A court in Uzbekistan’s capital has convicted five people for membership in the banned Islamic group Hizb ut-Tahrir.
The trial, which ended on July 9, had been seen as a test of how the government’s stance against non-mainstream Muslims is evolving against a backdrop of slow political reforms. Rights activists argue the Tashkent court’s decision shows little progress has been made.
Four of the defendants received relatively mild sentences compared with the harsh treatment often reserved for religious cases under the late President Islam Karimov, who died in 2016. Guzal Tokhtakhadjayeva, 32, was given a three-year suspended sentence and was released from custody. In addition to being found guilty of belong to Hizb ut-Tahrir, Tokhtakhadjayeva was determined to have distributed illegal religious literature and raised funds for the group.
Others on trial, Umida Uzakova, 30, and Mukhammadamin Abdurakhmanov, 26, were ordered to remain under house arrest for three years. Uzakova Nasiba, 52, was sentenced to four years under house arrest.
The toughest penalty was reserved for Mukhammad Rashidov, 33, who was sentenced to eight years in a penal colony.
While the punishments are reminiscent of times when especially devout Muslims could expect tough treatment, the Hizb ut-Tahrir trial was distinguished for its relative openness. From its very opening, on April 11, rights activists and journalists have been able to be present in the courtroom and follow proceedings.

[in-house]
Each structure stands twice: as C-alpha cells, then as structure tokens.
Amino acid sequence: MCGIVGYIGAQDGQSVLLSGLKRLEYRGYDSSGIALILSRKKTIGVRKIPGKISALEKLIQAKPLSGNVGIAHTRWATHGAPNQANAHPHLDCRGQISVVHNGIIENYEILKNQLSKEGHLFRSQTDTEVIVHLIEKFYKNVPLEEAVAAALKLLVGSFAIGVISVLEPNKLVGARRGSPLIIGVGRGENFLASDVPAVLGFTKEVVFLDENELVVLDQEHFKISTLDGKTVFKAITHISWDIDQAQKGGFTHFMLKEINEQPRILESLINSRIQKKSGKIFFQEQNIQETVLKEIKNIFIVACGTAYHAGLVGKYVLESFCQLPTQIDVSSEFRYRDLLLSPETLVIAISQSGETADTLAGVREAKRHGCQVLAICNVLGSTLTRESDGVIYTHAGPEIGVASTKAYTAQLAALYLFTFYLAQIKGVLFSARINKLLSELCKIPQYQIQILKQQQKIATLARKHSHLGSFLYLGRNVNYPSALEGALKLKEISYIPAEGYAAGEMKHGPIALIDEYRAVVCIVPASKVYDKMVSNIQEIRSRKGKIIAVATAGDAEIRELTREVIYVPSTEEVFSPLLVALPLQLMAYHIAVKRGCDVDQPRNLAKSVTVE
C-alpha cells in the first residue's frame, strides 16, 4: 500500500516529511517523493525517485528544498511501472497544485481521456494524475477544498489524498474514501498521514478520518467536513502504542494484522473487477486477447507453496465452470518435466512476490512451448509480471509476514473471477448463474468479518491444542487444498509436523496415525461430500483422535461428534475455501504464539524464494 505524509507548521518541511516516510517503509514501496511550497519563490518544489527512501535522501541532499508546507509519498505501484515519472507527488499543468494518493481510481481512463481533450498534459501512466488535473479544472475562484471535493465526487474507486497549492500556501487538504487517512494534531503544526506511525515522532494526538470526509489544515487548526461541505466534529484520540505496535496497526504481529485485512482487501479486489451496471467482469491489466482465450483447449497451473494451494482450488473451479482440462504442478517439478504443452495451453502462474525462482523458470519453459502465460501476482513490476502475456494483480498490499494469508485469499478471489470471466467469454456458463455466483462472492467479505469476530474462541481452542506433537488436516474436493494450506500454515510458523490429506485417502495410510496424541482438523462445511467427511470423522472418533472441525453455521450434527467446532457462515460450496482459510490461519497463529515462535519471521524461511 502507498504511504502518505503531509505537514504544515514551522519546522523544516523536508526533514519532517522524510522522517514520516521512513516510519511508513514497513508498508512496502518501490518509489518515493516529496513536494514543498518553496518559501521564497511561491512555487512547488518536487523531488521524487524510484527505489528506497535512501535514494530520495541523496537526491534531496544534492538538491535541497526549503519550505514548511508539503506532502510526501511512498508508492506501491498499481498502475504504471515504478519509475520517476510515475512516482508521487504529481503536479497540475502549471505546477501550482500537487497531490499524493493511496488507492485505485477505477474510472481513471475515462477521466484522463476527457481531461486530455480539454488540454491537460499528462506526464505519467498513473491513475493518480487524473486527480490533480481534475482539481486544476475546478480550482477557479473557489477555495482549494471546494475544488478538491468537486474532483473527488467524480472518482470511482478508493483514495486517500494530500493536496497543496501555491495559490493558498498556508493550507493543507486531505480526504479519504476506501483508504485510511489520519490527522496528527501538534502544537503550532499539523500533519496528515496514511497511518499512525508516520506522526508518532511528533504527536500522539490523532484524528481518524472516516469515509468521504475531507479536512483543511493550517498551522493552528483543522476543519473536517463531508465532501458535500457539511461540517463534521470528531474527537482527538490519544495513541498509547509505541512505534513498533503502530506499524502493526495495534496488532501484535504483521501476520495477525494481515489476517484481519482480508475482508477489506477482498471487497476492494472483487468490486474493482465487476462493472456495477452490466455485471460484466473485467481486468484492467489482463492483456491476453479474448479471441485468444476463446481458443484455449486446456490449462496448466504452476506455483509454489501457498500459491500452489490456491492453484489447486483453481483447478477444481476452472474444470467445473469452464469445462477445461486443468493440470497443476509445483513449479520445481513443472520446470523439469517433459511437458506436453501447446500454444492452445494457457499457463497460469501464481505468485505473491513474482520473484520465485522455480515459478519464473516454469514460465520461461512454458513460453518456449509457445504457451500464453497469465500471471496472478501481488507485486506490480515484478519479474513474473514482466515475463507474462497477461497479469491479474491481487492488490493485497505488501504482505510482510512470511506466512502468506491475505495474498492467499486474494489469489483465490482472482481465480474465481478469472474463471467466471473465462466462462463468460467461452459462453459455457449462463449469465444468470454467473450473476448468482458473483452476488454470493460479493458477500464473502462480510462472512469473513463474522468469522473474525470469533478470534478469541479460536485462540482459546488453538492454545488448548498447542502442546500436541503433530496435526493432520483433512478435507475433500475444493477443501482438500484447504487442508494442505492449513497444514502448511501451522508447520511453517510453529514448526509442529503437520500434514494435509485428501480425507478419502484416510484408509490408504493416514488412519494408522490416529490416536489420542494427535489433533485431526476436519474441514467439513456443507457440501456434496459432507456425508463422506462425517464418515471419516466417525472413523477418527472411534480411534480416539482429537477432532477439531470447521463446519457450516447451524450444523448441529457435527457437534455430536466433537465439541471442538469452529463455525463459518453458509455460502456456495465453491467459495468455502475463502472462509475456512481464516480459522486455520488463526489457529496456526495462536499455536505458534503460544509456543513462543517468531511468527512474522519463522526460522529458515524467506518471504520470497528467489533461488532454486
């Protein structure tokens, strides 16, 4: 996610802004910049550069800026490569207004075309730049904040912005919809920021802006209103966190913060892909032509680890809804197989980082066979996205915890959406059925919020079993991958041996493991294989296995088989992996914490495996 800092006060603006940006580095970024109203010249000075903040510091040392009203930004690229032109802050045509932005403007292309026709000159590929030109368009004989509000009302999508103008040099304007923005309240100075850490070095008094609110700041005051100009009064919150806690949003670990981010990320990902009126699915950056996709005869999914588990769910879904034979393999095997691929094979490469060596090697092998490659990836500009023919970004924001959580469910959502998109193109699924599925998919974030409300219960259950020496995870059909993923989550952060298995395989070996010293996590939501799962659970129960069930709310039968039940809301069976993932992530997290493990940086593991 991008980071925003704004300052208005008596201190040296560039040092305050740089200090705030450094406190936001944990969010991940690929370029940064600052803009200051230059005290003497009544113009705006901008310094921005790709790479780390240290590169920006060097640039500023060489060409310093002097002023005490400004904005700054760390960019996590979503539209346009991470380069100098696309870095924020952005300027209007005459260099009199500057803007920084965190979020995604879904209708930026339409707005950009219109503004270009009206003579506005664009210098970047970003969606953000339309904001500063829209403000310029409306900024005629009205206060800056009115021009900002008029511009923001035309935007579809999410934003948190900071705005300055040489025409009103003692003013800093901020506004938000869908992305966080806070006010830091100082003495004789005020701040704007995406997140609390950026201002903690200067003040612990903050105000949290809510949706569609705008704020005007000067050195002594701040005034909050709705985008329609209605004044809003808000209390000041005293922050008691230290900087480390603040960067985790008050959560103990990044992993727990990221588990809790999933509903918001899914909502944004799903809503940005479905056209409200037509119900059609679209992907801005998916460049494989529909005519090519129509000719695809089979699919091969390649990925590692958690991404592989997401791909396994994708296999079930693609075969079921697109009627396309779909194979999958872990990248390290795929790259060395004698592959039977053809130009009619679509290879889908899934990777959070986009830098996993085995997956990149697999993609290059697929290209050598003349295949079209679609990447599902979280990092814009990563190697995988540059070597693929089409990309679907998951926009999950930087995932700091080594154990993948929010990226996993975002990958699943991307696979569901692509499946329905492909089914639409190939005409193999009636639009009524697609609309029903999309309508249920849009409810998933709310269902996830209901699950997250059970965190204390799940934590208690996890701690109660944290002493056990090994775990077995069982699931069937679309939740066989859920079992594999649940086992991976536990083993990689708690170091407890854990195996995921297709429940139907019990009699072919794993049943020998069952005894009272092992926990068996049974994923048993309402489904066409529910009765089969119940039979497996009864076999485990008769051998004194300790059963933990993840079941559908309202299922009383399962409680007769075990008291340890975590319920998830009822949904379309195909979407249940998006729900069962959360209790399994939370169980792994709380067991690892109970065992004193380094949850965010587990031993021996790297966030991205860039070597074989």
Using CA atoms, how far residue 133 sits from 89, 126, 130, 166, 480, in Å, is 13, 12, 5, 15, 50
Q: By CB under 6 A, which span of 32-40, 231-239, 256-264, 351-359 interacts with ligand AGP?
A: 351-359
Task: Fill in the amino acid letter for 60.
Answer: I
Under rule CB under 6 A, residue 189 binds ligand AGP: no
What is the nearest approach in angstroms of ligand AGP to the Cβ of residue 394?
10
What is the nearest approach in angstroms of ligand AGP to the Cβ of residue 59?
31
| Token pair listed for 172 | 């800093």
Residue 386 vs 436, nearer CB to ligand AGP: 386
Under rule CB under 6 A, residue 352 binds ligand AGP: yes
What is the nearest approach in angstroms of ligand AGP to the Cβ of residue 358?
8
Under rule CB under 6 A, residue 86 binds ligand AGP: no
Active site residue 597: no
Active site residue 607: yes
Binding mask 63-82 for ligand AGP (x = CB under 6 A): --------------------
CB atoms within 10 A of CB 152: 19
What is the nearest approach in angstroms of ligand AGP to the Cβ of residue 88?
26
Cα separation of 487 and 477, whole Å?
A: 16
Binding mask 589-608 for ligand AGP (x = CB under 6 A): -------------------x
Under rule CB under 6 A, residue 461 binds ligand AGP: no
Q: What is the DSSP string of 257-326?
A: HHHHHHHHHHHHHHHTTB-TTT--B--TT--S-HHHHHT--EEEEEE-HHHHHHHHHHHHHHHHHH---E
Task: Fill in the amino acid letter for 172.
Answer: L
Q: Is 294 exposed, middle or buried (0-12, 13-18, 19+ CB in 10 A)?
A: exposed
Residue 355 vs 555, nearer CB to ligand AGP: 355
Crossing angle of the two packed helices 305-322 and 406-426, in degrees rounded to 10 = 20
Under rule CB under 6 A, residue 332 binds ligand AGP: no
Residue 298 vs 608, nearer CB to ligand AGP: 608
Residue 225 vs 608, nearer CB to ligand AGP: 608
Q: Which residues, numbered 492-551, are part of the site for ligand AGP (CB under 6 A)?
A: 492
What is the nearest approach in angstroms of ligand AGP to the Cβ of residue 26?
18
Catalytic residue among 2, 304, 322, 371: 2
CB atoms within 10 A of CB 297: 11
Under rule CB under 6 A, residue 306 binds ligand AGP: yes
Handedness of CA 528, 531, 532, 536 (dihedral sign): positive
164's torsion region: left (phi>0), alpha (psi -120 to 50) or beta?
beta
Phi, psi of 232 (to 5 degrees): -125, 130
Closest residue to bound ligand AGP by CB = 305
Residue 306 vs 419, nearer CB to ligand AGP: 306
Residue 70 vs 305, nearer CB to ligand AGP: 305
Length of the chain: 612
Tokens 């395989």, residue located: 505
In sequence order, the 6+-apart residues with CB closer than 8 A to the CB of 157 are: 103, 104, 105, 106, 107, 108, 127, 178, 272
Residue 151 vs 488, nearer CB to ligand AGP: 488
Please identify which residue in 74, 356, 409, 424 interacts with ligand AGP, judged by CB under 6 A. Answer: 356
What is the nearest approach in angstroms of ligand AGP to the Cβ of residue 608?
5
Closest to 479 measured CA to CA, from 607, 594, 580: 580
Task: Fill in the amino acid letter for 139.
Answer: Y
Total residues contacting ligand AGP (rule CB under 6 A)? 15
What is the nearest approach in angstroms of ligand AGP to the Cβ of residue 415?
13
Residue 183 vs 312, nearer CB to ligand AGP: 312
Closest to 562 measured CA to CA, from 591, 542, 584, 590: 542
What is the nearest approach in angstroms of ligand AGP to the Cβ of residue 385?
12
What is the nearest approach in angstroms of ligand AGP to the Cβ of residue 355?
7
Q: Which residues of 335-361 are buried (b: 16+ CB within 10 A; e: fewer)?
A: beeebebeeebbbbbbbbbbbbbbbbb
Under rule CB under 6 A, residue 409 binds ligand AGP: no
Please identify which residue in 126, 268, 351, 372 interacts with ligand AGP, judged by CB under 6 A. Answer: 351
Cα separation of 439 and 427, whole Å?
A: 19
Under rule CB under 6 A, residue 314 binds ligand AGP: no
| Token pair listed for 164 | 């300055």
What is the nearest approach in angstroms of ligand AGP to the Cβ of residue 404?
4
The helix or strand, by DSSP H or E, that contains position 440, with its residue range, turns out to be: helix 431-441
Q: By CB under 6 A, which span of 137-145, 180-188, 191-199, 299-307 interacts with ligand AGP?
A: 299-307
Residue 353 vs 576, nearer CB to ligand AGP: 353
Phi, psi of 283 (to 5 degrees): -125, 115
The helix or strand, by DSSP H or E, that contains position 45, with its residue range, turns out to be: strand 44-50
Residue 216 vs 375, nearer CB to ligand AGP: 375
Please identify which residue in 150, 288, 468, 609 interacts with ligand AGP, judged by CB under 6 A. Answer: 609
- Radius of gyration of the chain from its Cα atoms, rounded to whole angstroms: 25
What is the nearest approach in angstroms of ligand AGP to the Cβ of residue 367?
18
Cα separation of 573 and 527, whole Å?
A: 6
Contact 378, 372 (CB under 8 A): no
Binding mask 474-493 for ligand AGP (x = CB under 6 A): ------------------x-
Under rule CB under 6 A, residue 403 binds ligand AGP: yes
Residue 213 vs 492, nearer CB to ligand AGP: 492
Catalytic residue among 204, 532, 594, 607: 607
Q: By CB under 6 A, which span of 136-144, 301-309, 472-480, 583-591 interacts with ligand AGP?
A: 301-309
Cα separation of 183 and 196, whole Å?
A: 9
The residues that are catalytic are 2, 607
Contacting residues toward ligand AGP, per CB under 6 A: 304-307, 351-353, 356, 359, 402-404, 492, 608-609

But that, say activists, is where the progress ended.
Surat Ikramov, a rights advocate who closely monitored the trial, claimed in remarks to Eurasianet that all the evidence presented in court was obtained through torture and psychological mistreatment.
“A completely absurd, religiously motivated verdict has been handed down. Lawyers for the defendants asked the court to acquit their clients because of the absence of corpus delicti, there was no proof of guilt and they demanded that they be released in the courtroom,” Ikrakov said.
Tokhtakhadjayeva’s older sister, Dildora Agzamkhadjayeva, said that the whole family is in shock at the severity of Rashidov’s penalty. In considering the sentence for Rashidov, who is married to Tokhtakhadjayeva, the court considered a previous conviction on similar grounds.
"It is very strange that on the one hand the court gave Tokhtakhadjayeva a suspended sentence but that her husband got eight years,” Agzamkhadjayeva said. “Who will feed their three children? Guzal is sick and is not yet able to work. We will fight to the end to free Mukhammad Rashidov.”
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